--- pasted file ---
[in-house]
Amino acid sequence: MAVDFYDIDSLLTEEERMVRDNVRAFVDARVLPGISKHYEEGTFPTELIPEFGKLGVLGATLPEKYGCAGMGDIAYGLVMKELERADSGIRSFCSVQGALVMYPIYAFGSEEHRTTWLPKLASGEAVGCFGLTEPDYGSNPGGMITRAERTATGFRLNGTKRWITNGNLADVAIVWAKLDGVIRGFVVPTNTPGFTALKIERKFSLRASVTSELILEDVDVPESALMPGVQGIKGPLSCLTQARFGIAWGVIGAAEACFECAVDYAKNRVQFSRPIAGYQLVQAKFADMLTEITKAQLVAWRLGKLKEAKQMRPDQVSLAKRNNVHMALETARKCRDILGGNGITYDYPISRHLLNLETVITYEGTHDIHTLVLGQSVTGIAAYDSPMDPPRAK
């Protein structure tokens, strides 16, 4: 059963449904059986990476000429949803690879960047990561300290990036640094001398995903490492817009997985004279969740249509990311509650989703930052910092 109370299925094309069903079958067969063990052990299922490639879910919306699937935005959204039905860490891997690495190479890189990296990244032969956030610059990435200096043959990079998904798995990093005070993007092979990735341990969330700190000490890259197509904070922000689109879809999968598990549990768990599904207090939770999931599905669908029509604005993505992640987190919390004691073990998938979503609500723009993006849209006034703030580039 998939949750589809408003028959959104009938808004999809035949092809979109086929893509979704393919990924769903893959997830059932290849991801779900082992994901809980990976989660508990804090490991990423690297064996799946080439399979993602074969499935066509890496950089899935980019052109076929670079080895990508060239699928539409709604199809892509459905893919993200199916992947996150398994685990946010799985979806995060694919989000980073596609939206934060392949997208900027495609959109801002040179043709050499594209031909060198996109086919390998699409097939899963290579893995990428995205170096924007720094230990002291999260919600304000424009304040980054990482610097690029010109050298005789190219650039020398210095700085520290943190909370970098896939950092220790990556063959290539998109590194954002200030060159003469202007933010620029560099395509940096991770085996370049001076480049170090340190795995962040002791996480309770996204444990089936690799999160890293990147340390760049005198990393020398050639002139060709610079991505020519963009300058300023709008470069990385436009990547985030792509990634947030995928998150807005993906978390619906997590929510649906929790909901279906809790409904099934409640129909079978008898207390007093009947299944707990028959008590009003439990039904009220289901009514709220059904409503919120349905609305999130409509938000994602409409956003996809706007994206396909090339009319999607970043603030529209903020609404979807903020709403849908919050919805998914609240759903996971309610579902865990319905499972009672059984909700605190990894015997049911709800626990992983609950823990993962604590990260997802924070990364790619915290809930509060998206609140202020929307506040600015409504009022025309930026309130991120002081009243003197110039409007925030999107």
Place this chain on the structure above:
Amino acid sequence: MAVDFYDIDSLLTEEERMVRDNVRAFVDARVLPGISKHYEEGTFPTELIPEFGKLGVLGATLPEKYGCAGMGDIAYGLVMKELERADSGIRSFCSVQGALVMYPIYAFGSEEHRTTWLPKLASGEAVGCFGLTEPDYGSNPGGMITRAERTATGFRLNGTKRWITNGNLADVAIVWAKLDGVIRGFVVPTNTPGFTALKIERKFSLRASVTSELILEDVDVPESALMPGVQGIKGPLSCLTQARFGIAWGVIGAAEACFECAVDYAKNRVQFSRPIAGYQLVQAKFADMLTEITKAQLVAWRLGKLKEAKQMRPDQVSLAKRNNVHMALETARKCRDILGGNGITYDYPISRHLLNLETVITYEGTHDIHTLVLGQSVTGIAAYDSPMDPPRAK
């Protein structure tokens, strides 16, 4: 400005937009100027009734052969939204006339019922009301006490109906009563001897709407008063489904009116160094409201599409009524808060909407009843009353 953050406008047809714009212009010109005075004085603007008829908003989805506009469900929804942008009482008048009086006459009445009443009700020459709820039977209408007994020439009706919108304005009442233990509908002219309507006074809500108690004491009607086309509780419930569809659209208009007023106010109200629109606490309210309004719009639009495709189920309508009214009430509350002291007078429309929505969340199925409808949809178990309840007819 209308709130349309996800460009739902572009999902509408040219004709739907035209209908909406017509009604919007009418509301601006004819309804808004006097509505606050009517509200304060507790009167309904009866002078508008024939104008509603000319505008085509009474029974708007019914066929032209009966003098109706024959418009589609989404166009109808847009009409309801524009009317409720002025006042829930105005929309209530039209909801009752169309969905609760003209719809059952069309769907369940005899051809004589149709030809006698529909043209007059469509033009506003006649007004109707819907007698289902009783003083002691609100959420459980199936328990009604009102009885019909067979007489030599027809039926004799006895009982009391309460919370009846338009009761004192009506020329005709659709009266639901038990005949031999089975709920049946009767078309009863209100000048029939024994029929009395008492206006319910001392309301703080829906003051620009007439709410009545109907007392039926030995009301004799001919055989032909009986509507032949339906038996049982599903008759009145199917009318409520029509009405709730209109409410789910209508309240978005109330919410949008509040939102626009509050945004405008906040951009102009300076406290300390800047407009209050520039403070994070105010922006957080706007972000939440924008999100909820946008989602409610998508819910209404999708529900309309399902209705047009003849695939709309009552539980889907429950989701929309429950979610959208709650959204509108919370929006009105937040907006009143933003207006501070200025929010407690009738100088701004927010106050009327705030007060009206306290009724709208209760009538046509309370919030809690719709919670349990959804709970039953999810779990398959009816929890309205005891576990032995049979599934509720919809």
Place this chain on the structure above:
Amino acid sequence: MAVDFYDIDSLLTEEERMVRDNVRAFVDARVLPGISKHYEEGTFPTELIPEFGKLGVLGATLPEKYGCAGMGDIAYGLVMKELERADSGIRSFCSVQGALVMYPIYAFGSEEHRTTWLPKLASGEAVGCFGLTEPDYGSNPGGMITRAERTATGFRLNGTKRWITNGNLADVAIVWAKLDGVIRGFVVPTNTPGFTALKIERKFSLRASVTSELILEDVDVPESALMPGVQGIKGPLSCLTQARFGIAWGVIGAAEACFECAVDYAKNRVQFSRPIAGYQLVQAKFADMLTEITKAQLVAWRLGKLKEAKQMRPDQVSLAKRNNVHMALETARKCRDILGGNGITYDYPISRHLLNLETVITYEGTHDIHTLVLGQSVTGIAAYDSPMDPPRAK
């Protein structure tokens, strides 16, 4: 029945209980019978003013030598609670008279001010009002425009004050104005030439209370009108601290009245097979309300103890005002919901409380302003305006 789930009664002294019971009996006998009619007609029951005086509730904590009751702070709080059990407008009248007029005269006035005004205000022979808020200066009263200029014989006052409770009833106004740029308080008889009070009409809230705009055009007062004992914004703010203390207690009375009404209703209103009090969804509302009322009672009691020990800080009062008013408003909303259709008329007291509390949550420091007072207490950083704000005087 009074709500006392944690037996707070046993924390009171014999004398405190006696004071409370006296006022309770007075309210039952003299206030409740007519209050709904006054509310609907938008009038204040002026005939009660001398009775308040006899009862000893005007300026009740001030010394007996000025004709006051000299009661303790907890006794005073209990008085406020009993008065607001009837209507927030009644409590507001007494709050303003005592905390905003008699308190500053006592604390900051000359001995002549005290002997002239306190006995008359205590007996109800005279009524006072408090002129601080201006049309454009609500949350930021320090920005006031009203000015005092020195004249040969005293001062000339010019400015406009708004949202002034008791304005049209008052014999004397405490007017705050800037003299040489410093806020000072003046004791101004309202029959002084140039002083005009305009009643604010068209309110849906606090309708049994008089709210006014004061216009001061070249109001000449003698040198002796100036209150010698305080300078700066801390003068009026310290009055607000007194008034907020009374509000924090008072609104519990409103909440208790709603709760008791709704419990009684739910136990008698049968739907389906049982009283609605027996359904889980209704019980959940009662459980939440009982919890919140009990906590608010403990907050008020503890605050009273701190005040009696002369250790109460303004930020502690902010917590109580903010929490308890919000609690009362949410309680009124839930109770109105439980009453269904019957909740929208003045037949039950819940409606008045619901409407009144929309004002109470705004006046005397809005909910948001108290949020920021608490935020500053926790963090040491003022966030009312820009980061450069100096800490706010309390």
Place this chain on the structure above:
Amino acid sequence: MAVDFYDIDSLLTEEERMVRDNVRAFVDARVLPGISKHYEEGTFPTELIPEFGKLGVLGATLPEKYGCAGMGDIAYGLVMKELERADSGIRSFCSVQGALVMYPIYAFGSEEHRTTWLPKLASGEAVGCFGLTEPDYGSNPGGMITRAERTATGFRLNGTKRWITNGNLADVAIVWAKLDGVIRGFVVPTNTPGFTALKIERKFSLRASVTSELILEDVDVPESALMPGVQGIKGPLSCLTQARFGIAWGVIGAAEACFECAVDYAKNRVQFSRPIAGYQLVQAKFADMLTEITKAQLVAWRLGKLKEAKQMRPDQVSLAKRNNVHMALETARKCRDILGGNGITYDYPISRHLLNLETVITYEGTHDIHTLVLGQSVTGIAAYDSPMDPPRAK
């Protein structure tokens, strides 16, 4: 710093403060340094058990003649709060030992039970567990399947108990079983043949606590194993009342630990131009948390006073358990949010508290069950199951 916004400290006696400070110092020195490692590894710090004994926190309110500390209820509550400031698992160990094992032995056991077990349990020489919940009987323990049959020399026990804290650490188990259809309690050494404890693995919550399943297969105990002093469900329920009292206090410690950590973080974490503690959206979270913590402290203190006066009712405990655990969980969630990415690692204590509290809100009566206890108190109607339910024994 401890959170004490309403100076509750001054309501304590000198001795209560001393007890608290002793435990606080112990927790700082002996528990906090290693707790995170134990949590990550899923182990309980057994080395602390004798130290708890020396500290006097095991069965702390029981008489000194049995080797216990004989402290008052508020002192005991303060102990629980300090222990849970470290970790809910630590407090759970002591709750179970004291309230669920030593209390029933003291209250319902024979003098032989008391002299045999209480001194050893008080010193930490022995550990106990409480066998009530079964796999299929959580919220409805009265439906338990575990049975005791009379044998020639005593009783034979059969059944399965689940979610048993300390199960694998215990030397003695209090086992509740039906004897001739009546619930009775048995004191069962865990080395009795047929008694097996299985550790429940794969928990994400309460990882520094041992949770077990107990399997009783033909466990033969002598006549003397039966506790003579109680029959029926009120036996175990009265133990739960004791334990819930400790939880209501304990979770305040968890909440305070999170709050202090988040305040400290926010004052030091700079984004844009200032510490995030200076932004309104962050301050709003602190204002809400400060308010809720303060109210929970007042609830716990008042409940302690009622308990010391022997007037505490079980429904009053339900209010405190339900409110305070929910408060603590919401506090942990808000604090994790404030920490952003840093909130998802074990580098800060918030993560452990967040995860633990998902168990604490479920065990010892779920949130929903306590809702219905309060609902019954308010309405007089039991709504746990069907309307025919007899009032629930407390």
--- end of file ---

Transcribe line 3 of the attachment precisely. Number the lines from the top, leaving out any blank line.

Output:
């Protein structure tokens, strides 16, 4: 059963449904059986990476000429949803690879960047990561300290990036640094001398995903490492817009997985004279969740249509990311509650989703930052910092 109370299925094309069903079958067969063990052990299922490639879910919306699937935005959204039905860490891997690495190479890189990296990244032969956030610059990435200096043959990079998904798995990093005070993007092979990735341990969330700190000490890259197509904070922000689109879809999968598990549990768990599904207090939770999931599905669908029509604005993505992640987190919390004691073990998938979503609500723009993006849209006034703030580039 998939949750589809408003028959959104009938808004999809035949092809979109086929893509979704393919990924769903893959997830059932290849991801779900082992994901809980990976989660508990804090490991990423690297064996799946080439399979993602074969499935066509890496950089899935980019052109076929670079080895990508060239699928539409709604199809892509459905893919993200199916992947996150398994685990946010799985979806995060694919989000980073596609939206934060392949997208900027495609959109801002040179043709050499594209031909060198996109086919390998699409097939899963290579893995990428995205170096924007720094230990002291999260919600304000424009304040980054990482610097690029010109050298005789190219650039020398210095700085520290943190909370970098896939950092220790990556063959290539998109590194954002200030060159003469202007933010620029560099395509940096991770085996370049001076480049170090340190795995962040002791996480309770996204444990089936690799999160890293990147340390760049005198990393020398050639002139060709610079991505020519963009300058300023709008470069990385436009990547985030792509990634947030995928998150807005993906978390619906997590929510649906929790909901279906809790409904099934409640129909079978008898207390007093009947299944707990028959008590009003439990039904009220289901009514709220059904409503919120349905609305999130409509938000994602409409956003996809706007994206396909090339009319999607970043603030529209903020609404979807903020709403849908919050919805998914609240759903996971309610579902865990319905499972009672059984909700605190990894015997049911709800626990992983609950823990993962604590990260997802924070990364790619915290809930509060998206609140202020929307506040600015409504009022025309930026309130991120002081009243003197110039409007925030999107």